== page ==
1. In China, 11/11 is “Singles Day”, represented by the “4 single sticks” of the calendar date.

    It’s also China’s version of Black Friday.

     

  2. John Aziz:

    Back in the 1960s, economists were confident that the Soviet economy could overtake the economy of the United States by the year 2000. This chart — projecting huge Soviet growth — originally appeared in the 1961 edition of Nobel-winning economist Paul Samuelson’s textbook.

    Of course, the Soviet Union never achieved such high growth levels. When the Soviet Union fell apart in 1991, its economy was barely half the size of America’s. Why did projections of huge Soviet growth turn out to be so wrong? Renegade Soviet economist Girsh Itsykovich Khanin argued that the growth rates reported by Soviet authorities were hugely overestimated. While official estimates put the Soviet economy of 1985 at 84.4 times the output of 1928, Khanin estimated that in reality it was only 6.6 times the 1928 output. Bad data from the Soviet authorities led economists like Paul Samuelson to make bad projections.

    While there are no projections that today’s Russian economy will overtake that of the United States, many economists are projecting that China, which has experienced three decades of 9.8 percent average annual GDP growth, is poised to trump America. 

    Here’s why they’re wrong.

     

  3. Duel your enemies! Commit ritual seppuku! Bind your feet!

    5 disturbing historical practices you should never, ever try

     


  4. The world’s most powerful frenemies have done quite a bit of bickering over NSA leaker Edward Snowden. Here’s what they’re saying.

     

  5. reuters:

    This week’s stunning TIME cover illustration was created by the Chinese artist and activist Ai Weiwei. via timemagazine

     

  6. PHOTO OF THE DAY: Two earthquake survivors eat instant noodles on makeshift tables outside a tent at a middle school in Baoxing county of Ya An, China. (Feng Li/Getty Images)

    More photos here.

     

  7. Photos taken over nine consecutive days demonstrate the air pollution levels in the sky over Tiananmen Square in Beijing. Air quality in Beijing has been at “very unhealthy” and “hazardous” levels since the beginning of this year. PHOTO: REUTERS/Wei Yao

     

  8. On this day in 1972: In what was arguably the most dramatic trip ever taken by a president of the United States, Richard Nixon arrived in China for an eight-day visit. The announcement that Nixon, a lifelong hardline anti-communist, would visit China stunned the world. The United States and China had been foes for a quarter-century, but Nixon recognized the need for better ties — which would also help the U.S. in its Cold War standoff with the Soviet Union. During his week-long visit, Nixon met with Mao and Zhou En-Lai; it is seen today as the beginning of China’s drive to modernize and enter the modern world. China’s economy is now the world’s second largest, trailing only that of the U.S itself. Nixon called it “the week that changed the world,” and the phrase “Nixon going to China” has since become a metaphor for an unexpected or uncharacteristic action by a politician.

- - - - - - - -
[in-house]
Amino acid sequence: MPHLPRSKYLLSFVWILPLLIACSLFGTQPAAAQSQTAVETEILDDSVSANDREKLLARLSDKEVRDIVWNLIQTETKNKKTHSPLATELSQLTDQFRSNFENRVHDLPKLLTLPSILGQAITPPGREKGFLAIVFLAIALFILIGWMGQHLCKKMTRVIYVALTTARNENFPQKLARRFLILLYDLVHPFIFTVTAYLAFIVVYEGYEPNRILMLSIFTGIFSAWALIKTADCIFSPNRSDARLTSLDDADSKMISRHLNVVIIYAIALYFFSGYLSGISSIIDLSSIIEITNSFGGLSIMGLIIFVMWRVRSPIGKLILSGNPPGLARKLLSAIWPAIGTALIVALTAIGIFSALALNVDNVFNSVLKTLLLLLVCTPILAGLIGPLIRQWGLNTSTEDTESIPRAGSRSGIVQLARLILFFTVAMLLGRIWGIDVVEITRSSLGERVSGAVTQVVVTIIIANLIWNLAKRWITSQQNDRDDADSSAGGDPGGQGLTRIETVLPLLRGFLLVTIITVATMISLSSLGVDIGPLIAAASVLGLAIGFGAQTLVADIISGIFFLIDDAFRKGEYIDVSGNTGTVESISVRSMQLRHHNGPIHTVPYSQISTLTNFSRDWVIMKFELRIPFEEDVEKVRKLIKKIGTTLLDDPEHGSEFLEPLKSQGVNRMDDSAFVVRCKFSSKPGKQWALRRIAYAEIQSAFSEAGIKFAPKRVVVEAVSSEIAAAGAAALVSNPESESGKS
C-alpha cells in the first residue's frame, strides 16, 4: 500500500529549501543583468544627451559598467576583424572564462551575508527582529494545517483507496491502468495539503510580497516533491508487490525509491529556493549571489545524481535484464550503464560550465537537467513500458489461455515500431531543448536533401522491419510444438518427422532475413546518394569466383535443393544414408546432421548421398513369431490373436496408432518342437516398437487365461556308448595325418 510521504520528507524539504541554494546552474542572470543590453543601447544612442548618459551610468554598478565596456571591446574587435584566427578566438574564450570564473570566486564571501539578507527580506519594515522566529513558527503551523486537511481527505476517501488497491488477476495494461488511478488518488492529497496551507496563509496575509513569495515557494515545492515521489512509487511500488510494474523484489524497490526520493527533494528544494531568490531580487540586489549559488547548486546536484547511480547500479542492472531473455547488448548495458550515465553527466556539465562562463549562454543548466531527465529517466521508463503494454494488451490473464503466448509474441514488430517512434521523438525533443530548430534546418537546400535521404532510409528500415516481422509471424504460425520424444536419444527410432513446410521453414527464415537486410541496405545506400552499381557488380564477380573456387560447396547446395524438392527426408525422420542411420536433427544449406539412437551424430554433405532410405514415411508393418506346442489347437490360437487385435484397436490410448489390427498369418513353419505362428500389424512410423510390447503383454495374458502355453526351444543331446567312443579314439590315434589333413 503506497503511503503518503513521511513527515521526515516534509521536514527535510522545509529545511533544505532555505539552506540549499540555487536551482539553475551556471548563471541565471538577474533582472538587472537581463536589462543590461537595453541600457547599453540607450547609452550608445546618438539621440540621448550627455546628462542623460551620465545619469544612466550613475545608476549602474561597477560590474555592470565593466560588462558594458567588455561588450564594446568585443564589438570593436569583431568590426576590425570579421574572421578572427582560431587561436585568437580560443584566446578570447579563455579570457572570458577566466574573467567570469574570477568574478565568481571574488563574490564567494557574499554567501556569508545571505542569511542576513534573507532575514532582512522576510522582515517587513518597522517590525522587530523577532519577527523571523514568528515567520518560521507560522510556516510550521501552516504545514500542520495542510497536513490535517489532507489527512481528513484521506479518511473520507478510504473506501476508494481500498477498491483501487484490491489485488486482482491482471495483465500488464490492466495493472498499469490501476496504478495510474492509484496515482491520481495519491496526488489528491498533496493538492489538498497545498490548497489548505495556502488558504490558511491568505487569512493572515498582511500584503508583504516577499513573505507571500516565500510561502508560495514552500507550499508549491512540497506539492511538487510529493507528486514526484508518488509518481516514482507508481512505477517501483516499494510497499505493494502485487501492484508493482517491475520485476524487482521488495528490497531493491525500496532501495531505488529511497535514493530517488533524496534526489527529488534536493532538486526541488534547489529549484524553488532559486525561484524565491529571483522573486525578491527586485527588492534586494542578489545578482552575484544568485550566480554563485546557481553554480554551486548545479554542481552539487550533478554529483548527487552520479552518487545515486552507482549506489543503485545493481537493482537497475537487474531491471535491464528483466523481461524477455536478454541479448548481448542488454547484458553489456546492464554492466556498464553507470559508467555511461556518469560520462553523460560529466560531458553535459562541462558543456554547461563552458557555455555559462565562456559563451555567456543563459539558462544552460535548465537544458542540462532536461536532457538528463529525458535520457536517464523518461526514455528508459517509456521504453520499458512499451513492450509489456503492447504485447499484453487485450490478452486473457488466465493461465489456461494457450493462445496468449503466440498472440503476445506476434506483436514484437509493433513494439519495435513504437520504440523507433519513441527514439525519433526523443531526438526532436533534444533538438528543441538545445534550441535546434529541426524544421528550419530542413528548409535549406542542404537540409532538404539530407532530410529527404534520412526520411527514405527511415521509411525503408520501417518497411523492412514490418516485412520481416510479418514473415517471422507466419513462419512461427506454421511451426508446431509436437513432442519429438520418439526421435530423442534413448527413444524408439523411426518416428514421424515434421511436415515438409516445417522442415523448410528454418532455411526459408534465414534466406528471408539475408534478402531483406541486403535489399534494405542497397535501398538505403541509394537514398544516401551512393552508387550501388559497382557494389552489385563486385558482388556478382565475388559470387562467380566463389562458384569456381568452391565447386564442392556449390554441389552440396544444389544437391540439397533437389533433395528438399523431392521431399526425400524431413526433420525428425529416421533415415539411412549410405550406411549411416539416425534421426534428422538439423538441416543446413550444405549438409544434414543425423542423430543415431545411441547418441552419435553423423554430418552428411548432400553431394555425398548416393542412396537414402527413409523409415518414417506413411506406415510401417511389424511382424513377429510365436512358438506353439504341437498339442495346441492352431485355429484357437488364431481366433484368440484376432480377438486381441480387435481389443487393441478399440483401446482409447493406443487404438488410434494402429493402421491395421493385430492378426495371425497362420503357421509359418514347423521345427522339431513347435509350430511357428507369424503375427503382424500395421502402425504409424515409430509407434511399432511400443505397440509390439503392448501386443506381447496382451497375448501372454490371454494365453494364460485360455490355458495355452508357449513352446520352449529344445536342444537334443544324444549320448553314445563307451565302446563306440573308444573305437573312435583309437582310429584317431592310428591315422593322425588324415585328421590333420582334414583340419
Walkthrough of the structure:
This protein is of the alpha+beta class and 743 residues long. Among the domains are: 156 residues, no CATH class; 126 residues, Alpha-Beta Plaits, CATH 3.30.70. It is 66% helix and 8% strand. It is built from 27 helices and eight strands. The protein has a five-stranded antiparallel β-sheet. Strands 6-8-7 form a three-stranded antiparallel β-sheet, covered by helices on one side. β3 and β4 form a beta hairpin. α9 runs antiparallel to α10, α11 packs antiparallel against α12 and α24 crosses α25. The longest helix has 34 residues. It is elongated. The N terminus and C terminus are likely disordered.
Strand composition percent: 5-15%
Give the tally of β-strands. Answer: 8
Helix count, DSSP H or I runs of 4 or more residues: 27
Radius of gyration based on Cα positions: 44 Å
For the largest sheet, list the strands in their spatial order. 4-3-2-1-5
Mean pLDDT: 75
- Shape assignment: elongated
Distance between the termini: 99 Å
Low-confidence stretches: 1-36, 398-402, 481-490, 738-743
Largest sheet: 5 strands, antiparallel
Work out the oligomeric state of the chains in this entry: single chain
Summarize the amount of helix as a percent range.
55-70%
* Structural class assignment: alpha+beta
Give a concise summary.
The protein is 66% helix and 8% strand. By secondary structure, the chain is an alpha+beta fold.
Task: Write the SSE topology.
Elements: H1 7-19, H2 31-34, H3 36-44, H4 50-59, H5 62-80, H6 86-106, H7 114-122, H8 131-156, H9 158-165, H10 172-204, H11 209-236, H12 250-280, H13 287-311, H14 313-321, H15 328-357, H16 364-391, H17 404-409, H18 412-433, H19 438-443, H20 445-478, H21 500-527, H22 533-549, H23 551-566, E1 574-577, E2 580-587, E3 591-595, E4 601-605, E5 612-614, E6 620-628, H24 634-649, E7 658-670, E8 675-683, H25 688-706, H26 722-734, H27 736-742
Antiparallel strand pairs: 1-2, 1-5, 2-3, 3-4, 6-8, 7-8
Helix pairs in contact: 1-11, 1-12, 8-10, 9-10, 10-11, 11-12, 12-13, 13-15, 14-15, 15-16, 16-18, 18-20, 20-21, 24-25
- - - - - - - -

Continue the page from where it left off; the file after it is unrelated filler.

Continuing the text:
Here’s what else happened on this day in history

     


  9. Only in America:

    Verizon claims to have caught an employee — “Bob” — outsourcing his daily coding duties to China so he could spend his time browsing Reddit, watching cat videos, and surfing eBay.

    (Source: theweek.com)

     

  10. Not to be outdone by People's annual ode to chiseled abs, The Onion nominated North Korean dictator Kim Jong Un this year’s “Sexiest Man Alive.” Unfortunately, not everyone was in on the spoof, namely China’s largest Communist Party newspaper, The People’s Daily, which not only took the bait but splashed a 55-page slideshow dedicated to the boyish leader across its homepage. 

    The People’s Daily quotes The Onion, saying:

    With his devastatingly handsome, round face, his boyish charm, and his strong, sturdy frame, this Pyongyang-bred heartthrob is every woman’s dream come true. Blessed with an air of power that masks an unmistakable cute, cuddly side, Kim made this newspaper’s editorial board swoon with his impeccable fashion sense, chic short hairstyle, and, of course, that famous smile.

    How The Onion tricked a Chinese newspaper

    (Source: theweek.com)

     

  11. President Obama and Mitt Romney meet tonight for their third and final presidential debate, and the stakes couldn’t be higher: The polls show the race in a dead heat, and the debate is likely the last event that could dramatically alter the contest’s trajectory. Under pressure to defend his record and solidify his foreign-policy edge, Obama will undoubtedly underscore the killing of Osama bin Laden. For his part, Romney must convince voters that he would make a credible commander-in-chief, while seducing independent voters with an alternate national security vision. Here, a guide to where the candidates stand on key issues:

    1. Libya — The biggest chink in Obama’s foreign-policy armor? The September terrorist attack on the U.S. Consulate in Benghazi, Libya. The White House’s response to the attack has been confusing, and Republicans have accused the administration of misleading the public. Romney sought to exploit this advantage, but only hurt himself by appearing to politicize the death of four Americans. His dilemma tonight: To back off Benghazi or go on the offensive? “The national conversation has been about the terrorist attack in Benghazi,” says Peggy Noonan at The Wall Street Journal. “Did the president tell the truth at the time?” But Romney was caught “playing political gotcha with a national tragedy,” says Bill Keller at The New York Times, and another miss could badly hurt his campaign. Obama’s job is to make sure “the political spin stops,” says Juan Williams at The Hill. “The bottom line is there is no evidence so far to support the Romney camp’s claim of incompetence or a cover-up.”